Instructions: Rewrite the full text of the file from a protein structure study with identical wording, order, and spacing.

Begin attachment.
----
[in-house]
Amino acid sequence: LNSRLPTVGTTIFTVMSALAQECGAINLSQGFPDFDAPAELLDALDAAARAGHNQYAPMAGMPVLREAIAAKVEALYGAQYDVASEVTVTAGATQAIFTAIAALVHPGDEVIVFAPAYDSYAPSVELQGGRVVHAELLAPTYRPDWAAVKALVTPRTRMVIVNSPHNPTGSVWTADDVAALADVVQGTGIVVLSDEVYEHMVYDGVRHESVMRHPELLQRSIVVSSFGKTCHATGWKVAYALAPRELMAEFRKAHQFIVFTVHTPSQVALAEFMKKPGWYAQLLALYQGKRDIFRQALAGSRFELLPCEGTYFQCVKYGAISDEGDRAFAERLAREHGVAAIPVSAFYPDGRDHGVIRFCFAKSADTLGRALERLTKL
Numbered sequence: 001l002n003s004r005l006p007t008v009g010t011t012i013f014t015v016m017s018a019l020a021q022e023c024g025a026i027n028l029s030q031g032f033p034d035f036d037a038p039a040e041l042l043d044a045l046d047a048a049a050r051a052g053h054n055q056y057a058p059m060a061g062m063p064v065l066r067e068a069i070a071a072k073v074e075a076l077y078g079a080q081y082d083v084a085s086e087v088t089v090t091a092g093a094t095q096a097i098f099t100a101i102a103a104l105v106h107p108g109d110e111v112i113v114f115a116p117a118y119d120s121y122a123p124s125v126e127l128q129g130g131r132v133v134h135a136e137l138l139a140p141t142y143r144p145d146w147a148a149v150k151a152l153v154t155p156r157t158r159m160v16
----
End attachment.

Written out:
[in-house]
Amino acid sequence: LNSRLPTVGTTIFTVMSALAQECGAINLSQGFPDFDAPAELLDALDAAARAGHNQYAPMAGMPVLREAIAAKVEALYGAQYDVASEVTVTAGATQAIFTAIAALVHPGDEVIVFAPAYDSYAPSVELQGGRVVHAELLAPTYRPDWAAVKALVTPRTRMVIVNSPHNPTGSVWTADDVAALADVVQGTGIVVLSDEVYEHMVYDGVRHESVMRHPELLQRSIVVSSFGKTCHATGWKVAYALAPRELMAEFRKAHQFIVFTVHTPSQVALAEFMKKPGWYAQLLALYQGKRDIFRQALAGSRFELLPCEGTYFQCVKYGAISDEGDRAFAERLAREHGVAAIPVSAFYPDGRDHGVIRFCFAKSADTLGRALERLTKL
Numbered sequence: 001l002n003s004r005l006p007t008v009g010t011t012i013f014t015v016m017s018a019l020a021q022e023c024g025a026i027n028l029s030q031g032f033p034d035f036d037a038p039a040e041l042l043d044a045l046d047a048a049a050r051a052g053h054n055q056y057a058p059m060a061g062m063p064v065l066r067e068a069i070a071a072k073v074e075a076l077y078g079a080q081y082d083v084a085s086e087v088t089v090t091a092g093a094t095q096a097i098f099t100a101i102a103a104l105v106h107p108g109d110e111v112i113v114f115a116p117a118y119d120s121y122a123p124s125v126e127l128q129g130g131r132v133v134h135a136e137l138l139a140p141t142y143r144p145d146w147a148a149v150k151a152l153v154t155p156r157t158r159m160v16